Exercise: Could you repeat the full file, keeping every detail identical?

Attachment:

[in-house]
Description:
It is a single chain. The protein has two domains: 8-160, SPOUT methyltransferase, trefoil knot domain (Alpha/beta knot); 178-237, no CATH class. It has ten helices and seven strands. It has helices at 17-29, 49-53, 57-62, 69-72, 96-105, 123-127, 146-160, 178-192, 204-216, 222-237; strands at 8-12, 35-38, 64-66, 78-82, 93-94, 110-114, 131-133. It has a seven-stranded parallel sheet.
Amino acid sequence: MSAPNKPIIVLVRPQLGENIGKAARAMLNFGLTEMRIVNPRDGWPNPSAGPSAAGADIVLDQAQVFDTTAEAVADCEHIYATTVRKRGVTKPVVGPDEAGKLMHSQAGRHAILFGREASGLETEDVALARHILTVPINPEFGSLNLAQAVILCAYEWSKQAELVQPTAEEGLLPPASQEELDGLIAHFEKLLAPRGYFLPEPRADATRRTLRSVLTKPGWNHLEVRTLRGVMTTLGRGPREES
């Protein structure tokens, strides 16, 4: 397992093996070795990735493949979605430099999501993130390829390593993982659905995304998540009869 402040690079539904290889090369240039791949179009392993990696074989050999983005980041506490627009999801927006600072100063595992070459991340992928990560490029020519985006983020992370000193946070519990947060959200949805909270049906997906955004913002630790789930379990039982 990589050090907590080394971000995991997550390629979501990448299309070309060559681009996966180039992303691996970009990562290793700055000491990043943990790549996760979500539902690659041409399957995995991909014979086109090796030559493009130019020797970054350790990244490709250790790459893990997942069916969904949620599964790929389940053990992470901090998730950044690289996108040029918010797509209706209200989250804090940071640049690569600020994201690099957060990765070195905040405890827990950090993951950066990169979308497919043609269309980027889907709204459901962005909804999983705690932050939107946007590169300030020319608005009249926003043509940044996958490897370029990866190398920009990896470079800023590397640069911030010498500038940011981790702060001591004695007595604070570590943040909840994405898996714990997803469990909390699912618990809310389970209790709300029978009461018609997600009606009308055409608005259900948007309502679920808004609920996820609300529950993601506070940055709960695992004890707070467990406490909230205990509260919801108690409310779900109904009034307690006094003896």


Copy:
[in-house]
Description:
It is a single chain. The protein has two domains: 8-160, SPOUT methyltransferase, trefoil knot domain (Alpha/beta knot); 178-237, no CATH class. It has ten helices and seven strands. It has helices at 17-29, 49-53, 57-62, 69-72, 96-105, 123-127, 146-160, 178-192, 204-216, 222-237; strands at 8-12, 35-38, 64-66, 78-82, 93-94, 110-114, 131-133. It has a seven-stranded parallel sheet.
Amino acid sequence: MSAPNKPIIVLVRPQLGENIGKAARAMLNFGLTEMRIVNPRDGWPNPSAGPSAAGADIVLDQAQVFDTTAEAVADCEHIYATTVRKRGVTKPVVGPDEAGKLMHSQAGRHAILFGREASGLETEDVALARHILTVPINPEFGSLNLAQAVILCAYEWSKQAELVQPTAEEGLLPPASQEELDGLIAHFEKLLAPRGYFLPEPRADATRRTLRSVLTKPGWNHLEVRTLRGVMTTLGRGPREES
């Protein structure tokens, strides 16, 4: 397992093996070795990735493949979605430099999501993130390829390593993982659905995304998540009869 402040690079539904290889090369240039791949179009392993990696074989050999983005980041506490627009999801927006600072100063595992070459991340992928990560490029020519985006983020992370000193946070519990947060959200949805909270049906997906955004913002630790789930379990039982 990589050090907590080394971000995991997550390629979501990448299309070309060559681009996966180039992303691996970009990562290793700055000491990043943990790549996760979500539902690659041409399957995995991909014979086109090796030559493009130019020797970054350790990244490709250790790459893990997942069916969904949620599964790929389940053990992470901090998730950044690289996108040029918010797509209706209200989250804090940071640049690569600020994201690099957060990765070195905040405890827990950090993951950066990169979308497919043609269309980027889907709204459901962005909804999983705690932050939107946007590169300030020319608005009249926003043509940044996958490897370029990866190398920009990896470079800023590397640069911030010498500038940011981790702060001591004695007595604070570590943040909840994405898996714990997803469990909390699912618990809310389970209790709300029978009461018609997600009606009308055409608005259900948007309502679920808004609920996820609300529950993601506070940055709960695992004890707070467990406490909230205990509260919801108690409310779900109904009034307690006094003896």